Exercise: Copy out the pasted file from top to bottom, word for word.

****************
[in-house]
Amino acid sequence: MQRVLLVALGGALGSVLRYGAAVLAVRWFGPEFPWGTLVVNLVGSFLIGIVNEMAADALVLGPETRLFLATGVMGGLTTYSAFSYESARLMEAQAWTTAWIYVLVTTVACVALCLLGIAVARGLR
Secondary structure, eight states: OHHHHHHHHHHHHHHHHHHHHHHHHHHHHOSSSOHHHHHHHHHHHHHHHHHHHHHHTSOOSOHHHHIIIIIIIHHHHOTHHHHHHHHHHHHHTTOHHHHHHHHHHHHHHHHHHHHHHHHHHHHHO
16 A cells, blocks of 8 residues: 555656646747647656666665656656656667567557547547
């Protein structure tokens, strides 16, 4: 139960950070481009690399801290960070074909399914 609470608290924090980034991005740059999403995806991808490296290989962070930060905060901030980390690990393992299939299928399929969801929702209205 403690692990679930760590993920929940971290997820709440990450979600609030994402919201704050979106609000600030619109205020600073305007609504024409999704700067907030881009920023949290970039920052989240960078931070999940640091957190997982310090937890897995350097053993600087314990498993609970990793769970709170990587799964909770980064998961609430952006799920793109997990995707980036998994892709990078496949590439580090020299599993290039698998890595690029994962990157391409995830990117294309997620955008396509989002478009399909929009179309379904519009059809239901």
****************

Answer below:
[in-house]
Amino acid sequence: MQRVLLVALGGALGSVLRYGAAVLAVRWFGPEFPWGTLVVNLVGSFLIGIVNEMAADALVLGPETRLFLATGVMGGLTTYSAFSYESARLMEAQAWTTAWIYVLVTTVACVALCLLGIAVARGLR
Secondary structure, eight states: OHHHHHHHHHHHHHHHHHHHHHHHHHHHHOSSSOHHHHHHHHHHHHHHHHHHHHHHTSOOSOHHHHIIIIIIIHHHHOTHHHHHHHHHHHHHTTOHHHHHHHHHHHHHHHHHHHHHHHHHHHHHO
16 A cells, blocks of 8 residues: 555656646747647656666665656656656667567557547547
């Protein structure tokens, strides 16, 4: 139960950070481009690399801290960070074909399914 609470608290924090980034991005740059999403995806991808490296290989962070930060905060901030980390690990393992299939299928399929969801929702209205 403690692990679930760590993920929940971290997820709440990450979600609030994402919201704050979106609000600030619109205020600073305007609504024409999704700067907030881009920023949290970039920052989240960078931070999940640091957190997982310090937890897995350097053993600087314990498993609970990793769970709170990587799964909770980064998961609430952006799920793109997990995707980036998994892709990078496949590439580090020299599993290039698998890595690029994962990157391409995830990117294309997620955008396509989002478009399909929009179309379904519009059809239901």